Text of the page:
There was a time when I liked Baked Lay’s and thought it was one of the greatest snacks ever invented, but I no longer have the same feelings. Of course, I enjoyed it in the late 1990s to early 2000s, when I had poor judgement and taste.
Let me just say I had Creed’s “Higher” playing in heavy rotation on my Aiwa XP-V320 compact disc player and I wore a lot of jeans shorts with strategically placed tears in them.
But I’m glad I tried Baked Lay’s because it made me realize Creed was a shitty band and jeans shorts with strategically placed tears in them were never cool.
My love for Baked Lay’s was fleeting, just like Justin Bieber’s girlish voice will be after he passes puberty. I enjoyed it because it was a healthier alternative to regular potato chips. But the more I ate it, the more I realized it was a poor tasting substitute with the texture of a dehydrated sponge. When I finally came to this conclusion, it opened my eyes and made me realize I had no sense of fashion and that Scott Stapp was no Eddie Vedder.
Creed songs were like Baked Lay’s and visa versa. Both of them brought me no pleasure. As uplifting as their lyrics seemed, Creed songs have never made me feel good or made me want to play air guitar. And as healthy as they were, eating Baked Lay’s has never comforted me in a way that a bag of greasy potato chips does or made me want to get every last crumb of it by resting one of the bag’s open corners on my bottom lip and flicking the bag to let gravity bring whatever crumbs remain to my awaiting mouth.
Even when Lay’s introduced their cheddar and sour cream & onion varieties, I thought they were the Baked Lay’s version of Creed’s blander album Weathered. However, while Creed has gotten worse, Baked Lay’s has gotten better thanks to their latest flavor — Baked! Lay’s Parmesan and Tuscan Herb.
Unlike the cheddar and sour cream & onions versions, the Baked! Lay’s Parmesan and Tuscan Herb has a robust flavor that does a good job of hiding the fact that you’re eating a snack with the texture of a dehydrated sponge. The potato crisps (not chips, crisps) have a strong parmesan scent, which made me feel like I was snorting some lines of Kraft 100% Grated Parmesan Cheese with Chester Cheetah. However, while eating the crisps, the parmesan was less noticeable and the Tuscan herbs took over the flavor. I’m not sure what “Tuscan herbs” are, but in the ingredients list there’s basil, parsley, rosemary and dehydrated green and red bell peppers. The crisps’ flavor also has a hint of sour cream and a slight spicy kick.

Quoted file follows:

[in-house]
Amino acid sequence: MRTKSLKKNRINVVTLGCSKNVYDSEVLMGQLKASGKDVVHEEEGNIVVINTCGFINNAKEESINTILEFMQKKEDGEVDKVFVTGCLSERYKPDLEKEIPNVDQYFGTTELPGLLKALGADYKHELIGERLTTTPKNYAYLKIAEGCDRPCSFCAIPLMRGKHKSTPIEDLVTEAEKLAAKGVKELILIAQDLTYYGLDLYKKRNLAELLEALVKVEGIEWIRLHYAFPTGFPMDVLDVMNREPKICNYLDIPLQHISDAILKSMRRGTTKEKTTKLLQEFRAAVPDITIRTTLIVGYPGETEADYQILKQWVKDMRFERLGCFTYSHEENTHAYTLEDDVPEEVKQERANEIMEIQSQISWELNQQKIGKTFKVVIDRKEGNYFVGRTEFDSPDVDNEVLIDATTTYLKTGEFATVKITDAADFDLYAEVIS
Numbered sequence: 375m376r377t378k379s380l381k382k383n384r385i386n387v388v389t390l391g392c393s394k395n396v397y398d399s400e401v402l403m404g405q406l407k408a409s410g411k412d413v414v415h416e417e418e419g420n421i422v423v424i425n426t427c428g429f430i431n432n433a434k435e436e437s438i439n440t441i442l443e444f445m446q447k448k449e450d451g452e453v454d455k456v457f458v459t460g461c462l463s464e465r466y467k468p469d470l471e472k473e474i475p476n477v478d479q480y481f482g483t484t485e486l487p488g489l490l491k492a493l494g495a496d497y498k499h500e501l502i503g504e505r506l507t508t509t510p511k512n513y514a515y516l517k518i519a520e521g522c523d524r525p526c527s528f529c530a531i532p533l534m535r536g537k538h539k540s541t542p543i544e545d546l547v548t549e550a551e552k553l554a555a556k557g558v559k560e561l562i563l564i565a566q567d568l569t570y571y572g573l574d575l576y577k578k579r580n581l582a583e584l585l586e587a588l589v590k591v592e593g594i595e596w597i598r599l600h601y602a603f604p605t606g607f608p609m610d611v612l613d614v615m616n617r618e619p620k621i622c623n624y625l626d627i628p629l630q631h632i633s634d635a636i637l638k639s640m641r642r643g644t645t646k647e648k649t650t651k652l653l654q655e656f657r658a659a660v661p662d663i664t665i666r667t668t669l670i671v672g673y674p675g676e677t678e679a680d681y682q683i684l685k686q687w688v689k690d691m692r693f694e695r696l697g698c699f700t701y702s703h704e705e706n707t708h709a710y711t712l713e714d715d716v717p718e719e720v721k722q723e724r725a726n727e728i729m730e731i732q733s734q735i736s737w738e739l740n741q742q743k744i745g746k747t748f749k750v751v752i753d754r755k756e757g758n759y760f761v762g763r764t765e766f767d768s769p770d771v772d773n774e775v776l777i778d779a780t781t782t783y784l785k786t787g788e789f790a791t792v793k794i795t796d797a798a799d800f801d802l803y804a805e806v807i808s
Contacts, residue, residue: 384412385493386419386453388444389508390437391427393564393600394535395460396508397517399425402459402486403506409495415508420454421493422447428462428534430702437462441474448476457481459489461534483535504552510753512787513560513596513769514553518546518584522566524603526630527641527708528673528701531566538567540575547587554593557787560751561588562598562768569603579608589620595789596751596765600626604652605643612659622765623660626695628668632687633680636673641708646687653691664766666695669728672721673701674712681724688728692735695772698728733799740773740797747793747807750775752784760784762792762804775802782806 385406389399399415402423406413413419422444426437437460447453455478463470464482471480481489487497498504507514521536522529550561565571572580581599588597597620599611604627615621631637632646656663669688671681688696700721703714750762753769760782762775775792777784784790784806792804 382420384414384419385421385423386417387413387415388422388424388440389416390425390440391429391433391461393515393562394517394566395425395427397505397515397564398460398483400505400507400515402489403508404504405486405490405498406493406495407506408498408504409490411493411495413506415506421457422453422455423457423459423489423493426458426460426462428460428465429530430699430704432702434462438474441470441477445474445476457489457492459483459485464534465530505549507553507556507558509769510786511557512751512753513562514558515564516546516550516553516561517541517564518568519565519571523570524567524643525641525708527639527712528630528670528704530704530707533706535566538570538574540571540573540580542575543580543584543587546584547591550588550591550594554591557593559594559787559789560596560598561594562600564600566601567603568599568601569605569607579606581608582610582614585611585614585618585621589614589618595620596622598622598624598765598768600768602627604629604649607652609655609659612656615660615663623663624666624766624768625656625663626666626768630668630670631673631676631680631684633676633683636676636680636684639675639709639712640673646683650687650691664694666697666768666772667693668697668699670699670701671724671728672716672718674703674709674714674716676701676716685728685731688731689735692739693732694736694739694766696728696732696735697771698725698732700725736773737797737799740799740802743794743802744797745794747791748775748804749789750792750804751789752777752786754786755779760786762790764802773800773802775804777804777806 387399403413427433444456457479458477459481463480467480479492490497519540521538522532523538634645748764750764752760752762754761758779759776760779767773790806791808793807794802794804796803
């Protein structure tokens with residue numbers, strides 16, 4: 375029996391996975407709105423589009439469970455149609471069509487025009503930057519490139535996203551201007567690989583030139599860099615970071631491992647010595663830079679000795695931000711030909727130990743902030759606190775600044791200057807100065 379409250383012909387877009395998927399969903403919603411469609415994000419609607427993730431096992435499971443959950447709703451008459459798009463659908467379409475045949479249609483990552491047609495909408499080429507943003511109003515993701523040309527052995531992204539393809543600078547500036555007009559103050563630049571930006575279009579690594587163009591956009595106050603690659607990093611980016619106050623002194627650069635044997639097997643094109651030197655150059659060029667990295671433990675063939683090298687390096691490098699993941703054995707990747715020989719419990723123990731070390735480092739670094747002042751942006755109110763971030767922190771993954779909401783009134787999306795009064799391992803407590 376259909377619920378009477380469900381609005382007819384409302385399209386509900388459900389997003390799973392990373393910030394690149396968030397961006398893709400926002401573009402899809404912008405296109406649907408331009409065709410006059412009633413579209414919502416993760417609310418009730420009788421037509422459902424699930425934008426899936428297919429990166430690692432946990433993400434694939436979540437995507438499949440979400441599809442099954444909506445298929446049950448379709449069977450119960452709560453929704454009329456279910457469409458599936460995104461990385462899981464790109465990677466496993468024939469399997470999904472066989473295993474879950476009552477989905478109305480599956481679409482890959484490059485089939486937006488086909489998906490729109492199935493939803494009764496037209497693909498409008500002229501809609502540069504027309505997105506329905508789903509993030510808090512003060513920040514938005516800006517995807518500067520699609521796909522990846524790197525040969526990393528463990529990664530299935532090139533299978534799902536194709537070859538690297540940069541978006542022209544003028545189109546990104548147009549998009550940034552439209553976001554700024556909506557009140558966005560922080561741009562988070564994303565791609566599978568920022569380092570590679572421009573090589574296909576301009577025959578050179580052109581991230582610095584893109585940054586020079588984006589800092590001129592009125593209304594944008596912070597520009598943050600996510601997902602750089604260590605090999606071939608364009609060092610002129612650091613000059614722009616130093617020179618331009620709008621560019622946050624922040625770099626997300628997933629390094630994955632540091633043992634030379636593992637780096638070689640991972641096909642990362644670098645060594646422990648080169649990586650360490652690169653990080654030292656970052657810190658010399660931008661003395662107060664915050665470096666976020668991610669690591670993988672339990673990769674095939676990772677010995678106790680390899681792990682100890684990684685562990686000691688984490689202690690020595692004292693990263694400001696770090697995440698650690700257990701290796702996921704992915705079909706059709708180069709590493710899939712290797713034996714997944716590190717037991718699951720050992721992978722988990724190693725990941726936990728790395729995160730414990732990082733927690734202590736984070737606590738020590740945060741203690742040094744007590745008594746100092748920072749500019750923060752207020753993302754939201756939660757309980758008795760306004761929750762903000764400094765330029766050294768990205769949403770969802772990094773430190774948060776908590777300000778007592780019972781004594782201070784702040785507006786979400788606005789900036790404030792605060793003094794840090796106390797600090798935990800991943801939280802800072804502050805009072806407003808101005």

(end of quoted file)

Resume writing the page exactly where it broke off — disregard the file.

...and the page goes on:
Overall, the Baked! Lay’s Parmesan and Tuscan Herb was very tasty and slightly changed my opinion of Baked Lay’s. While its flavor does bring me some pleasure, it hasn’t changed my opinion that original Baked Lay’s sucks.
It sucks Creed hard.
(Nutrition Facts – 1 ounce – 120 calories, 3 grams of fat, 0.5 grams of saturated fat, 1.5 grams of polyunsaturated fat, 1 gram of monounsaturated fat, 0 grams of trans fat, 0 milligrams of cholesterol, 210 milligrams of sodium, 310 milligrams of potassium, 21 grams of carbohydrates, 2 grams of fiber, 2 grams of sugar, 2 grams of protein, 2% calcium, 2% vitamin E and 2% iron.)
Item: Baked! Lay’s Parmesan and Tuscan Herb Price: $3.49 (on sale) Size: 8.75 ounces Purchased at: Safeway Rating: 7 out of 10 Pros: Robust flavor. Has a slight kick. Better for you than regular potato chips. Pearl Jam. Snorting lines of Kraft 100% Grated Parmesan Cheese with Chester Cheetah Cons: Texture like a dehydrated sponge. Creed. Not as comforting as regular potato chips. Creed. Jeans shorts with strategically placed tears. Creed. What I liked in the late 1990s to early 2000s. Creed. Original Baked Lay’s.
Thyme is an herb that adds flavor to the Lay’s Balsamic Sweet Onion Potato Chips and is loved by people who know how to cook and use cookbooks, which I personally know nothing about, since most of the food I consume comes from either drive-thru windows, is heated up in a microwave or is purchased from under a heating lamp at a convenience store.